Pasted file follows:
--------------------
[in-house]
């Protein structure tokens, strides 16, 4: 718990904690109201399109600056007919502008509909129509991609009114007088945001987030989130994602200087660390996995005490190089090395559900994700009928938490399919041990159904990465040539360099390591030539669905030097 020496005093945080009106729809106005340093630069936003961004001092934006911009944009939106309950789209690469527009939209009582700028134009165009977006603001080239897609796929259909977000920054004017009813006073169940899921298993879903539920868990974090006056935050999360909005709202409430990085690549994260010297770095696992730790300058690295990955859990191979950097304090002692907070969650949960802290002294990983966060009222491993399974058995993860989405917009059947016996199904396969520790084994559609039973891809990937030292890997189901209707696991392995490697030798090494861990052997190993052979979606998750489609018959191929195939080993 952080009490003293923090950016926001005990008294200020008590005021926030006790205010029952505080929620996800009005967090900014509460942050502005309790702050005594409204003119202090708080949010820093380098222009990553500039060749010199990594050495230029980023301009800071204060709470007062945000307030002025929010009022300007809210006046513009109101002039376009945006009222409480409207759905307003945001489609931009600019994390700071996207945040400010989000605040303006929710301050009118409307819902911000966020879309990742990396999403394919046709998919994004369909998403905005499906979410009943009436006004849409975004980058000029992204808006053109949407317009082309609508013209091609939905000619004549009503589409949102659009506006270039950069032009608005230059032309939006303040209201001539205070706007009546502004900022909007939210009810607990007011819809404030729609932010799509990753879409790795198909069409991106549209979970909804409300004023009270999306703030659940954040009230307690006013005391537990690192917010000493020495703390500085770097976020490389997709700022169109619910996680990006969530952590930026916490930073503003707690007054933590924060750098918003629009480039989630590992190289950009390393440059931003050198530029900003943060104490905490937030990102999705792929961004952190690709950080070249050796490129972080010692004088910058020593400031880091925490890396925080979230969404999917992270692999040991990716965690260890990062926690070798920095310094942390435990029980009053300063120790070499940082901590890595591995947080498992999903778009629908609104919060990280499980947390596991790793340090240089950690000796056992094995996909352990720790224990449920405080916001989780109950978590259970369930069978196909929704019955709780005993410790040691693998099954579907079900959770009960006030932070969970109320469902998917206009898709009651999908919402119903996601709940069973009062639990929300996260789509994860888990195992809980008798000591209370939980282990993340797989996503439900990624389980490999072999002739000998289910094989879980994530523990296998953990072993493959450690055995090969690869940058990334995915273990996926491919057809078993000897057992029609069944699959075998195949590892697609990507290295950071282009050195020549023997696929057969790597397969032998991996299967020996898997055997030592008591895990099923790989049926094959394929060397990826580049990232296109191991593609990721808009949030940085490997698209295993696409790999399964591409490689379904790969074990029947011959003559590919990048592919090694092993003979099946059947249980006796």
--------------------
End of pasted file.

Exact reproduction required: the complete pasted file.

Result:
[in-house]
């Protein structure tokens, strides 16, 4: 718990904690109201399109600056007919502008509909129509991609009114007088945001987030989130994602200087660390996995005490190089090395559900994700009928938490399919041990159904990465040539360099390591030539669905030097 020496005093945080009106729809106005340093630069936003961004001092934006911009944009939106309950789209690469527009939209009582700028134009165009977006603001080239897609796929259909977000920054004017009813006073169940899921298993879903539920868990974090006056935050999360909005709202409430990085690549994260010297770095696992730790300058690295990955859990191979950097304090002692907070969650949960802290002294990983966060009222491993399974058995993860989405917009059947016996199904396969520790084994559609039973891809990937030292890997189901209707696991392995490697030798090494861990052997190993052979979606998750489609018959191929195939080993 952080009490003293923090950016926001005990008294200020008590005021926030006790205010029952505080929620996800009005967090900014509460942050502005309790702050005594409204003119202090708080949010820093380098222009990553500039060749010199990594050495230029980023301009800071204060709470007062945000307030002025929010009022300007809210006046513009109101002039376009945006009222409480409207759905307003945001489609931009600019994390700071996207945040400010989000605040303006929710301050009118409307819902911000966020879309990742990396999403394919046709998919994004369909998403905005499906979410009943009436006004849409975004980058000029992204808006053109949407317009082309609508013209091609939905000619004549009503589409949102659009506006270039950069032009608005230059032309939006303040209201001539205070706007009546502004900022909007939210009810607990007011819809404030729609932010799509990753879409790795198909069409991106549209979970909804409300004023009270999306703030659940954040009230307690006013005391537990690192917010000493020495703390500085770097976020490389997709700022169109619910996680990006969530952590930026916490930073503003707690007054933590924060750098918003629009480039989630590992190289950009390393440059931003050198530029900003943060104490905490937030990102999705792929961004952190690709950080070249050796490129972080010692004088910058020593400031880091925490890396925080979230969404999917992270692999040991990716965690260890990062926690070798920095310094942390435990029980009053300063120790070499940082901590890595591995947080498992999903778009629908609104919060990280499980947390596991790793340090240089950690000796056992094995996909352990720790224990449920405080916001989780109950978590259970369930069978196909929704019955709780005993410790040691693998099954579907079900959770009960006030932070969970109320469902998917206009898709009651999908919402119903996601709940069973009062639990929300996260789509994860888990195992809980008798000591209370939980282990993340797989996503439900990624389980490999072999002739000998289910094989879980994530523990296998953990072993493959450690055995090969690869940058990334995915273990996926491919057809078993000897057992029609069944699959075998195949590892697609990507290295950071282009050195020549023997696929057969790597397969032998991996299967020996898997055997030592008591895990099923790989049926094959394929060397990826580049990232296109191991593609990721808009949030940085490997698209295993696409790999399964591409490689379904790969074990029947011959003559590919990048592919090694092993003979099946059947249980006796």